Brokerage firm Edward Jones this week announced that it plans to add up to 20 branch offices to the more than 60 it has in the state of Utah.
But Utah, of course, isn’t the only territory that the St. Louis-based broker is targeting.
The firm has a goal of expanding its top line by 10 percent this year, with half the growth coming from hiring new advisers and the rest by boosting the productivity of its 12,000 or so current brokers.
“We want to continue to grow,” said Dan Timm, the Edward Jones partner responsible for branch development.
The firm plans to increase its current workforce by 600 net advisers this year according to Timm. However, if the firm has the same attrition rate it did last year—15 percent—that means Edward Jones would have to recruit up to 2,400 new advisers this year to hit its aggressive growth targets.
It won’t be easy. The recruiting environment has gotten far more difficult as the worst of the financial crisis fades into memory. In 2009, with the markets in turmoil and investment firms dropping like flies, Edward Jones increased its adviser ranks by 900.
But last year, the firm had net growth of only 54 advisers, and the picture isn’t much better so far in 2011, Timm said.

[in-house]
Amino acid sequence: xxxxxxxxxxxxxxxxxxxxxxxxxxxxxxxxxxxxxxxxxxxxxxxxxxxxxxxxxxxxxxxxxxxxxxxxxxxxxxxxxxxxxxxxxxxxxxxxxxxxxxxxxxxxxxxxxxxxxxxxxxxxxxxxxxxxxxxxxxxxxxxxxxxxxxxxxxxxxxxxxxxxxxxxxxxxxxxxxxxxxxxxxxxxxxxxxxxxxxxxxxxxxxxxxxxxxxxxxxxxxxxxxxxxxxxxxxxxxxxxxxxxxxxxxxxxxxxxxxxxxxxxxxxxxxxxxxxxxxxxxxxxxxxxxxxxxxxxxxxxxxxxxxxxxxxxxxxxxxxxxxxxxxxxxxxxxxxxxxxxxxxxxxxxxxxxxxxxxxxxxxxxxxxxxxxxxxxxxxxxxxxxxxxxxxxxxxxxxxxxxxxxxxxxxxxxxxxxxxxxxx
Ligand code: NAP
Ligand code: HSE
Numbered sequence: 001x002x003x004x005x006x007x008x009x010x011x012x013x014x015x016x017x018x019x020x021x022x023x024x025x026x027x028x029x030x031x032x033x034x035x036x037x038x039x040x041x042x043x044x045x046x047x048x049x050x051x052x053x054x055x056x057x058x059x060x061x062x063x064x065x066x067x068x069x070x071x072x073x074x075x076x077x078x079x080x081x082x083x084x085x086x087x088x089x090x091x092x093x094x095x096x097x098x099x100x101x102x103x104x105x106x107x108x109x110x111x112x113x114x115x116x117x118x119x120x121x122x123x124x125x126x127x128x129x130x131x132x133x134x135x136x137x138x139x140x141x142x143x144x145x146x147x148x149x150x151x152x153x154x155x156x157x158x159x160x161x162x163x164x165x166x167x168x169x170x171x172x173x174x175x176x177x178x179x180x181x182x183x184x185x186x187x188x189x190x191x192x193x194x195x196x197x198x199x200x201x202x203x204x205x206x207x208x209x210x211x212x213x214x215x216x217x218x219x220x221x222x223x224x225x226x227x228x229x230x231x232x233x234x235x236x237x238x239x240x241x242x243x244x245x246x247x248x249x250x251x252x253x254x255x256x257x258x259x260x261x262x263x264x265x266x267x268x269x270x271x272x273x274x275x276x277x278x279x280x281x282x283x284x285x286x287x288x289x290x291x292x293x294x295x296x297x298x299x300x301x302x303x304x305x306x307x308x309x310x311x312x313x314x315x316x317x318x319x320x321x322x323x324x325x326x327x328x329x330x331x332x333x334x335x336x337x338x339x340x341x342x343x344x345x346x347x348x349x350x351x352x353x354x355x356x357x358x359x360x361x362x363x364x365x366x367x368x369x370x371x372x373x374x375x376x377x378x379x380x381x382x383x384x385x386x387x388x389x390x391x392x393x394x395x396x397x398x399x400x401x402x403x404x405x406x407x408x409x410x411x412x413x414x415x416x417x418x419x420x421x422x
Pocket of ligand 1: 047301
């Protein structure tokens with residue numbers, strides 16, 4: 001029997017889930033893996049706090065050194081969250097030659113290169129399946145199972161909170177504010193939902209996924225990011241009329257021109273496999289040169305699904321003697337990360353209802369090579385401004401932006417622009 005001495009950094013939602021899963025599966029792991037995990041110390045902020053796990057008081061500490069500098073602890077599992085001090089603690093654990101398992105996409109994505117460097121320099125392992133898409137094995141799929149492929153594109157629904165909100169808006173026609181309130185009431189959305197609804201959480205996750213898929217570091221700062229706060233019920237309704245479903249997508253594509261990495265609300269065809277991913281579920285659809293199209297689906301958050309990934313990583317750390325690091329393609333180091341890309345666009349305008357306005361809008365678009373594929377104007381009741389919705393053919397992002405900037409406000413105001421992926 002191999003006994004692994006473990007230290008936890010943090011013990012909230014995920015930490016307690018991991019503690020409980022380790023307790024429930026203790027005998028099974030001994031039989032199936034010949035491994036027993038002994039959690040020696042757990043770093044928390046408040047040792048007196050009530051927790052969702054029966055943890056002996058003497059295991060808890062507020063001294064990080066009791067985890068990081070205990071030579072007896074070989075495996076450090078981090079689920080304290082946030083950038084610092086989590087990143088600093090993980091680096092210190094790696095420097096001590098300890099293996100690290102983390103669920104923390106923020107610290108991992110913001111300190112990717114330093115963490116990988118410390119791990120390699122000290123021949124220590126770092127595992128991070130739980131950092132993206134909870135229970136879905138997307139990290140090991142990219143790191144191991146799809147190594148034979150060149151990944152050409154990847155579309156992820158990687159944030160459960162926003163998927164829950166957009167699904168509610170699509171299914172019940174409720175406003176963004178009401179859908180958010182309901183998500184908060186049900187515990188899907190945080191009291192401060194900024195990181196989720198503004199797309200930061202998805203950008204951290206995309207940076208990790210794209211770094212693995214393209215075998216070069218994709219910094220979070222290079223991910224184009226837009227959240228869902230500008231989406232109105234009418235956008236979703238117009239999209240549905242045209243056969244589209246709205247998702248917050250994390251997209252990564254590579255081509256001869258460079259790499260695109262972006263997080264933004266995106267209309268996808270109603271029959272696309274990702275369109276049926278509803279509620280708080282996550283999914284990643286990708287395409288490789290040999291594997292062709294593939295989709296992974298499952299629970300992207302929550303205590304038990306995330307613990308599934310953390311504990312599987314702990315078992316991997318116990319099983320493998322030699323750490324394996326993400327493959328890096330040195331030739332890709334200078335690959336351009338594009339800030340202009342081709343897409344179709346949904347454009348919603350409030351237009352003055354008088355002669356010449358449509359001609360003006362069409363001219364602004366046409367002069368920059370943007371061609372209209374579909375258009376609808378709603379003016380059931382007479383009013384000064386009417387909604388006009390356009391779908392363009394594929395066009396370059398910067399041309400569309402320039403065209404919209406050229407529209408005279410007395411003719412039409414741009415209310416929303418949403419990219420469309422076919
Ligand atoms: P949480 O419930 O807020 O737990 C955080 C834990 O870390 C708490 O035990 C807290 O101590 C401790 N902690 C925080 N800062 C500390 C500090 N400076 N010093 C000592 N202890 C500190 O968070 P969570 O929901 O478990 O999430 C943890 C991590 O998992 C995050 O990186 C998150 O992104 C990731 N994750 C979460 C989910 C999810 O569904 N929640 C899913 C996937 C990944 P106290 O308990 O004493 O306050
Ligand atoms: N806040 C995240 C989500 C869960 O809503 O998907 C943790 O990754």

“We’re not yet where we want to be this year,” he said, “but we’re optimistic that we have a good shot of hitting our target.”
The most desirable markets for the company, along with Utah, include California, Arizona and the Northeast—places where the Midwest-oriented broker has relatively few advisers. And what of the competition as other broker-dealers and advisory firms also look to beef up their ranks?
“We don’t worry much about the competition,” Timm said. “It’s a little like McDonald’s and Burger King. If it’s a good location and the demographics are good, we don’t worry about being on the same corner as the competition.”
On the productivity side of the equation, the firm is aggressively raising the bar for its advisers in terms of gross-production expectations. Brokers are expected to bring in a minimum gross of $240,000 this year and $264,000 in 2012. That’s up from a $216,000 threshold in 2010.
Those advisers who don’t meet the targets go on a performance improvement plan—also known as the penalty box. If they don’t hike their production after that, these reps will leave the firm.